The Bride

A poem by John Charles McNeill

The little white bride is left alone
With him, her lord; the guests have gone;
The festal hall is dim.
No jesting now, nor answering mirth.
The hush of sleep falls on the earth
And leaves her here with him.

Why should there be, O little white bride,
When the world has left you by his side,
A tear to brim your eyes?
Some old love-face that comes again,
Some old love-moment sweet with pain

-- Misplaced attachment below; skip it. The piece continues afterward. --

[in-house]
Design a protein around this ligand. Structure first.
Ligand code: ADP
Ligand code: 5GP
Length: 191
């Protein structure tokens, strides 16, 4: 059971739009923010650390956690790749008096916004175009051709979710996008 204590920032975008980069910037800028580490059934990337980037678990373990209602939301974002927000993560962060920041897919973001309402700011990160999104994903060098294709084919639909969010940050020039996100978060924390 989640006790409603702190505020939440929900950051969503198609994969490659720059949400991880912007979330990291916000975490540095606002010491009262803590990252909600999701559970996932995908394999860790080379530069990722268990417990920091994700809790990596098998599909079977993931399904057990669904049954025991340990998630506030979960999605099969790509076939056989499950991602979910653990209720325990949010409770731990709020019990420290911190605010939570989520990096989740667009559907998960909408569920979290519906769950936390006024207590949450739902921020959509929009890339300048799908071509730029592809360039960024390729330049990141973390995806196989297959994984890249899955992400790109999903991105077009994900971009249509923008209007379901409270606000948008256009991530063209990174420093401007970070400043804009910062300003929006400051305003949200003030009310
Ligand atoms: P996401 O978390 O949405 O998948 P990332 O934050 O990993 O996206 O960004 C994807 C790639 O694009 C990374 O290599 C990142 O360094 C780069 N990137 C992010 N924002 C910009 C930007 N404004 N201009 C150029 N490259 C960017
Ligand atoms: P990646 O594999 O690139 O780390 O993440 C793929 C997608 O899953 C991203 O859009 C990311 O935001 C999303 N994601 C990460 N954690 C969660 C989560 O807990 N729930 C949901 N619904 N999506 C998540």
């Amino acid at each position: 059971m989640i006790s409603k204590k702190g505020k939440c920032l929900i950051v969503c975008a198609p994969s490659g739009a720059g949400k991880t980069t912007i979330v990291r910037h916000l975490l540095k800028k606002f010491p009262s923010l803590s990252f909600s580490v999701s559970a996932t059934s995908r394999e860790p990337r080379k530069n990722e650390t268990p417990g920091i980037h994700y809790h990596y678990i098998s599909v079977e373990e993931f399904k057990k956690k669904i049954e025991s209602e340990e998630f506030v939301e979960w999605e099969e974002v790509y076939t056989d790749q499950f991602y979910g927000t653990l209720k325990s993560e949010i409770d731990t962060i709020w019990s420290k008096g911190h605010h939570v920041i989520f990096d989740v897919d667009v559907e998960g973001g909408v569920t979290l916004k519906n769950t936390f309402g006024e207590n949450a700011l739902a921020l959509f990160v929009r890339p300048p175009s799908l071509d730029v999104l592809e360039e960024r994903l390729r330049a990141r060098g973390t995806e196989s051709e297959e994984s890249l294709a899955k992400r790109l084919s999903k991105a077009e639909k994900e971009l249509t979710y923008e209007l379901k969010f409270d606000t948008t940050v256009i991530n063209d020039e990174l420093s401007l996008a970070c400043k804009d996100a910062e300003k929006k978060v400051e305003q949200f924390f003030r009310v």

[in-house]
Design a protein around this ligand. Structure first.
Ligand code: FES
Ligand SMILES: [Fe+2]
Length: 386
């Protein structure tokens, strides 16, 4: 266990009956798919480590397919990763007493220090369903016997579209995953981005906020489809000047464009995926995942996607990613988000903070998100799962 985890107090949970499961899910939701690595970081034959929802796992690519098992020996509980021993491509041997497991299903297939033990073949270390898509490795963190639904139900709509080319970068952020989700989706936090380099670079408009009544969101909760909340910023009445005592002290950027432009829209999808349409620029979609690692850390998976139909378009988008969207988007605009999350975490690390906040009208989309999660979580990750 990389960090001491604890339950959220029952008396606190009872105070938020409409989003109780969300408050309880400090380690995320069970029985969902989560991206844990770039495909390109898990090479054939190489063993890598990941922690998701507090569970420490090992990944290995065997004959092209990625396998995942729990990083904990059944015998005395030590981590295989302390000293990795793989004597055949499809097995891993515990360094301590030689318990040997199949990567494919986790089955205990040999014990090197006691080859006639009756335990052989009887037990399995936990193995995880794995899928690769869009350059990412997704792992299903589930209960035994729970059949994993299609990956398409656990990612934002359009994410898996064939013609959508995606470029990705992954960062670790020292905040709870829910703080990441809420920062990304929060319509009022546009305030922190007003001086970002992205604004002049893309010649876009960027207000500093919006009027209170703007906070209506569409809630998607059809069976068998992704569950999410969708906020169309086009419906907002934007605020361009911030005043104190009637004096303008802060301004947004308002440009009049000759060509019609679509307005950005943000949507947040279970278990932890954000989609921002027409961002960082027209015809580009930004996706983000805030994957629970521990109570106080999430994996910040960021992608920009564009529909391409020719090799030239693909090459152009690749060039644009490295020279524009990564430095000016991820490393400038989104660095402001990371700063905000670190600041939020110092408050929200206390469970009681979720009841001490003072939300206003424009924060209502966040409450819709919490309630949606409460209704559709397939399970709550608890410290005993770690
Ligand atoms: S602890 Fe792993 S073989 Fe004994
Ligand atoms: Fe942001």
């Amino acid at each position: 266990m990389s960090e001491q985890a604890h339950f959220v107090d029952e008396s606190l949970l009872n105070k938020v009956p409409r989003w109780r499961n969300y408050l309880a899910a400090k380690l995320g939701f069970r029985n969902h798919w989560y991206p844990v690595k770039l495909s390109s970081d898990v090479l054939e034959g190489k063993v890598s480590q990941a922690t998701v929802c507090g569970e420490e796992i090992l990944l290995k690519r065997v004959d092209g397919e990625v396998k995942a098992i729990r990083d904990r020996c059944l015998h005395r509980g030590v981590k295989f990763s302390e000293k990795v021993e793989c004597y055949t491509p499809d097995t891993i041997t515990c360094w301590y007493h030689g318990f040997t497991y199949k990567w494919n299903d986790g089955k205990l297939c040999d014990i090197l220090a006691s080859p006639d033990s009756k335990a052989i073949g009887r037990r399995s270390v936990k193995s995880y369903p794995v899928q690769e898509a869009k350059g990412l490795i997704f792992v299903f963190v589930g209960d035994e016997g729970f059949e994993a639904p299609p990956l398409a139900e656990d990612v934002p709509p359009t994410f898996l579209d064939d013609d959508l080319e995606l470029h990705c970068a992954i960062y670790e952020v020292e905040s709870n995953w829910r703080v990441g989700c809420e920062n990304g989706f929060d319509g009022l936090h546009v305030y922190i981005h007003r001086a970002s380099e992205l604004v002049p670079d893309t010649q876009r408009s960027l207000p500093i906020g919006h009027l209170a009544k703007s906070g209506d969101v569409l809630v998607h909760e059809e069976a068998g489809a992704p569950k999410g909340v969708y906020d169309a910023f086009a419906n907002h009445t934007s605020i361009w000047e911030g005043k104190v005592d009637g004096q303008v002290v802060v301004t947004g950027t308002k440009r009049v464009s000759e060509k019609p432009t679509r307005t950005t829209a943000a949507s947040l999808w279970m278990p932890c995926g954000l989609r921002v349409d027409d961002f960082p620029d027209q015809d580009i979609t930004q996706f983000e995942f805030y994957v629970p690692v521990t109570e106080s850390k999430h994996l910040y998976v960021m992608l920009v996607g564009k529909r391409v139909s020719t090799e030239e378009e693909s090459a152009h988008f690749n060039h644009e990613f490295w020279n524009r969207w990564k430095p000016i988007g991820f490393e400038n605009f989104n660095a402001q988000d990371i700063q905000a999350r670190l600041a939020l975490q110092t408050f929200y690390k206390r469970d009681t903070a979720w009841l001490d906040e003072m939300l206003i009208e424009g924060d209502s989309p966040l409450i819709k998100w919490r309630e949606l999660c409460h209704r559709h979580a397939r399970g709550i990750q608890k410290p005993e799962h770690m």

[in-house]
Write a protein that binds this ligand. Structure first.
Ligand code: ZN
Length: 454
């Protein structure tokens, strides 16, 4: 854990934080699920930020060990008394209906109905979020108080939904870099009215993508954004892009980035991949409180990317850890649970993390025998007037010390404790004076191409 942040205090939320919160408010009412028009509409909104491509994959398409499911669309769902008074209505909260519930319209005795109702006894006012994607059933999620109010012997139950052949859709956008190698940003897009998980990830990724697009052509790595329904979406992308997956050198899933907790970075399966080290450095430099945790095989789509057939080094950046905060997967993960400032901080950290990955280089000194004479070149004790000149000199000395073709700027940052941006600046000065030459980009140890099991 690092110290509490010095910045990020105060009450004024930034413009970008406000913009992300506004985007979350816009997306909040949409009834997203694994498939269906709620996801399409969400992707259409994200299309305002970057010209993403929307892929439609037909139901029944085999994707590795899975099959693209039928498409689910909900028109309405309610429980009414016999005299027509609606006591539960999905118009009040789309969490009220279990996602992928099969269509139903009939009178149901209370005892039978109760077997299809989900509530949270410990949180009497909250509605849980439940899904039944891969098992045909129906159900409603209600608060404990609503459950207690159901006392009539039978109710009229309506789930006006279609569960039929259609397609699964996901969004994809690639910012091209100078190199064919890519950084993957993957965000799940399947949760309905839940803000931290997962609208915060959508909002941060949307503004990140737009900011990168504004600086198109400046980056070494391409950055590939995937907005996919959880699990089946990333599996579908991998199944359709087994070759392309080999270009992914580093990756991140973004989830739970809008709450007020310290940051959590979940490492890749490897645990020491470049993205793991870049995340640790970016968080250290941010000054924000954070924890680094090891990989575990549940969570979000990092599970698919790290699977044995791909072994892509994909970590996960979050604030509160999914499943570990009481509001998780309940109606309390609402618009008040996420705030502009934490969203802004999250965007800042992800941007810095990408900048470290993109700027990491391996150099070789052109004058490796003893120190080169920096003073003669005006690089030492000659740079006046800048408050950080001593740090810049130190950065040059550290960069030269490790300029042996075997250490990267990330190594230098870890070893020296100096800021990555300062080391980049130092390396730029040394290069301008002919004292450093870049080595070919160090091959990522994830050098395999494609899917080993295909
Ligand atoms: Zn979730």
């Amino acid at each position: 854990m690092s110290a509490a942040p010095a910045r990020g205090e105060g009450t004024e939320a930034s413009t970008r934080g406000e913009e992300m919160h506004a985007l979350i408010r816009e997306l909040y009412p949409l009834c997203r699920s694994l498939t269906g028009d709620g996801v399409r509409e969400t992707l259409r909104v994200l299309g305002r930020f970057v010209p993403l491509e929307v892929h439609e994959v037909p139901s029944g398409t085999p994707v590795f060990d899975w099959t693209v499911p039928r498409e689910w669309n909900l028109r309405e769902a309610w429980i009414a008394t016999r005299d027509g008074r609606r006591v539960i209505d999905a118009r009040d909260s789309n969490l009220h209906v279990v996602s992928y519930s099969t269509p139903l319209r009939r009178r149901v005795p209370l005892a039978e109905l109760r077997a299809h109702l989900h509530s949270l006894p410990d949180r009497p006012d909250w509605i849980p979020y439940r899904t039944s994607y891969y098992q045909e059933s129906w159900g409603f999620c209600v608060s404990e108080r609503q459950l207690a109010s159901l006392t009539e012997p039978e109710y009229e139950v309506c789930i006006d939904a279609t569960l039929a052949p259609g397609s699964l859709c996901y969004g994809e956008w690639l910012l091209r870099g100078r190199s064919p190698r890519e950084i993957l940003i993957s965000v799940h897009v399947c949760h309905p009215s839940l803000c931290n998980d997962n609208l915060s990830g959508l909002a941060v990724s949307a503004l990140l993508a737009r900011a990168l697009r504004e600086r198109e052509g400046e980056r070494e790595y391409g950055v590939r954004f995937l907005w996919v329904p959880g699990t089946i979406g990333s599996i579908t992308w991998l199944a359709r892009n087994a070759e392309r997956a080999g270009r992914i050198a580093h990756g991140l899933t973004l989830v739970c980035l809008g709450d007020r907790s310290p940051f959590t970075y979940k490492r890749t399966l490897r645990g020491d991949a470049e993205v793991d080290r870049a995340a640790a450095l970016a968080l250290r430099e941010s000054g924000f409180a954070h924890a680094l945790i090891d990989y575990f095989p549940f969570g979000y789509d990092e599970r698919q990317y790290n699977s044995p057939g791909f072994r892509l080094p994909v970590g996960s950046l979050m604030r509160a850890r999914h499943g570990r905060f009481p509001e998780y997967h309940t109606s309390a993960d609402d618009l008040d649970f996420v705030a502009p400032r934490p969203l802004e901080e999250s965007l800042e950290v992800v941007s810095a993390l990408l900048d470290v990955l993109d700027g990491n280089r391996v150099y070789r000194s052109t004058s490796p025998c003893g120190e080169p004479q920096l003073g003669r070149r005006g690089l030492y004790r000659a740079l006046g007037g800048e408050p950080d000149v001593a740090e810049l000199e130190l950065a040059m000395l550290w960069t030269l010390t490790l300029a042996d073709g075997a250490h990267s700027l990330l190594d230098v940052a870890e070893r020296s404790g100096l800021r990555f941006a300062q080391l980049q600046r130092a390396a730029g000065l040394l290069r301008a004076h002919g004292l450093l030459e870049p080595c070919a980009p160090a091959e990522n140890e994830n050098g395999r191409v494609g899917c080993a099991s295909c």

Of passionate memories?

Does your heart yearn back with last regret
For the maiden meads of mignonette
And the fairy-haunted wood,
That you had not withheld from love,
A little while, the freedom of
Your happy maidenhood?

Or is it but a nameless fear,
A wordless joy, that calls the tear
In dumb appeal to rise,
When, looking on him where he stands,
You yield up all into his hands,
Pleading into his eyes?

For days that laugh or nights that weep
You two strike oars across the deep
With life's tide at the brim;
And all time's beauty, all love's grace
Beams, little bride, upon your face
Here, looking up at him.

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